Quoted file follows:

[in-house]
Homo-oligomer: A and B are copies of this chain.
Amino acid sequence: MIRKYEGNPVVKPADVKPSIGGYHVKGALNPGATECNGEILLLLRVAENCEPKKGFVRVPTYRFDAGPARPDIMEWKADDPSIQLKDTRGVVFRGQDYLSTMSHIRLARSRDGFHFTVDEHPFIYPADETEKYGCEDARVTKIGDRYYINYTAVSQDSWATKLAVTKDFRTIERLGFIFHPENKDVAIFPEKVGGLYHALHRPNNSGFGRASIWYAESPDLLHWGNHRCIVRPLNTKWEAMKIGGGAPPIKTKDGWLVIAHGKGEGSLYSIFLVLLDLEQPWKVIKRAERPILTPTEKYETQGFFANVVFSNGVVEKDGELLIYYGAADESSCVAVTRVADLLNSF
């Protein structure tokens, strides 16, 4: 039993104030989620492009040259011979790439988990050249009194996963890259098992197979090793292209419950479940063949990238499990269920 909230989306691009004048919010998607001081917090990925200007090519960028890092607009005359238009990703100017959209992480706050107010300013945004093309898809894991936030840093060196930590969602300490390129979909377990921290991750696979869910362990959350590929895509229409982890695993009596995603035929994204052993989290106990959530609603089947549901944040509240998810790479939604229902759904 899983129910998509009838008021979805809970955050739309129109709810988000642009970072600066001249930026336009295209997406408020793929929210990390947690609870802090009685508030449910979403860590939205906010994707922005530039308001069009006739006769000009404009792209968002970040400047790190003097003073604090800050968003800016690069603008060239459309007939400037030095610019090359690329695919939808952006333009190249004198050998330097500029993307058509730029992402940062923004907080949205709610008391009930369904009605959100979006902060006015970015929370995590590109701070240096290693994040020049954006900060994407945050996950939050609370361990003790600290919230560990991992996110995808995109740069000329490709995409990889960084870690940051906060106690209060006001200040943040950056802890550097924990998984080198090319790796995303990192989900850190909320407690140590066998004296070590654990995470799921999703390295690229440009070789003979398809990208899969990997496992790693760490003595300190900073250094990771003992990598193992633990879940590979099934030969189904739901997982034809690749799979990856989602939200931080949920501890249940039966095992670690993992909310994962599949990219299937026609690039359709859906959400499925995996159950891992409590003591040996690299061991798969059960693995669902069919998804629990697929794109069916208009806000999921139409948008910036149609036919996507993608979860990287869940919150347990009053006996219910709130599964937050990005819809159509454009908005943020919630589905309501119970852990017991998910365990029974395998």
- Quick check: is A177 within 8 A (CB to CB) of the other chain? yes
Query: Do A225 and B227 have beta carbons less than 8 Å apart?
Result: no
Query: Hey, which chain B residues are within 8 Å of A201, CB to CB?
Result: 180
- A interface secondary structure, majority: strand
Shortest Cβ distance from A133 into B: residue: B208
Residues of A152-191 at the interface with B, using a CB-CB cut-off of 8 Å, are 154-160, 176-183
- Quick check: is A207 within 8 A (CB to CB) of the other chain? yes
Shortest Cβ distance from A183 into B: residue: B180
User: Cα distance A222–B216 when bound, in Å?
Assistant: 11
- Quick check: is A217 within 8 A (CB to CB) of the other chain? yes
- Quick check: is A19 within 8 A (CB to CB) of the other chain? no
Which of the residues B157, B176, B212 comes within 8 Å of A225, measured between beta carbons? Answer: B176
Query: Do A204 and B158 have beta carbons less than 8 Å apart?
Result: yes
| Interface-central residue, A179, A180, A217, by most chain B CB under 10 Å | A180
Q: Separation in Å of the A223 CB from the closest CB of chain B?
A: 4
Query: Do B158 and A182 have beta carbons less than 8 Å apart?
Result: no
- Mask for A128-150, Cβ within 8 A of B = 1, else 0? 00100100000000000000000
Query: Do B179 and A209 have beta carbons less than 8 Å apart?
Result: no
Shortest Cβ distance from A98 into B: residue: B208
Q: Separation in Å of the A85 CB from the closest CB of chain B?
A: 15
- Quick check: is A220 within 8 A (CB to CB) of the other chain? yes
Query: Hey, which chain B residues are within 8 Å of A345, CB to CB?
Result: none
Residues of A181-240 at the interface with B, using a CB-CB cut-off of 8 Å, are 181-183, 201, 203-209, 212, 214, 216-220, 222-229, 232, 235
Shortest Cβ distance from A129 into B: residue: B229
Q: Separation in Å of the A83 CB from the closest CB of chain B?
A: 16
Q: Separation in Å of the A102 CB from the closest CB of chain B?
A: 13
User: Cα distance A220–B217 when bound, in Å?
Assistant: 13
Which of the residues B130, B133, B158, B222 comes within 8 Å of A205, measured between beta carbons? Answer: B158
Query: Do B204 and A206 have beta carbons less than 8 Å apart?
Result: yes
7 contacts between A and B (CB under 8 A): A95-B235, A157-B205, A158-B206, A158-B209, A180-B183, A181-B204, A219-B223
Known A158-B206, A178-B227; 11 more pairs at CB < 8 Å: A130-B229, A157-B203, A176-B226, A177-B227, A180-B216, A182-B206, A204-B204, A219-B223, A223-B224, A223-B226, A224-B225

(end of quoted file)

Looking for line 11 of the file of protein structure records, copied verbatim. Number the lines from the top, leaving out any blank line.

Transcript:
Shortest Cβ distance from A133 into B: residue: B208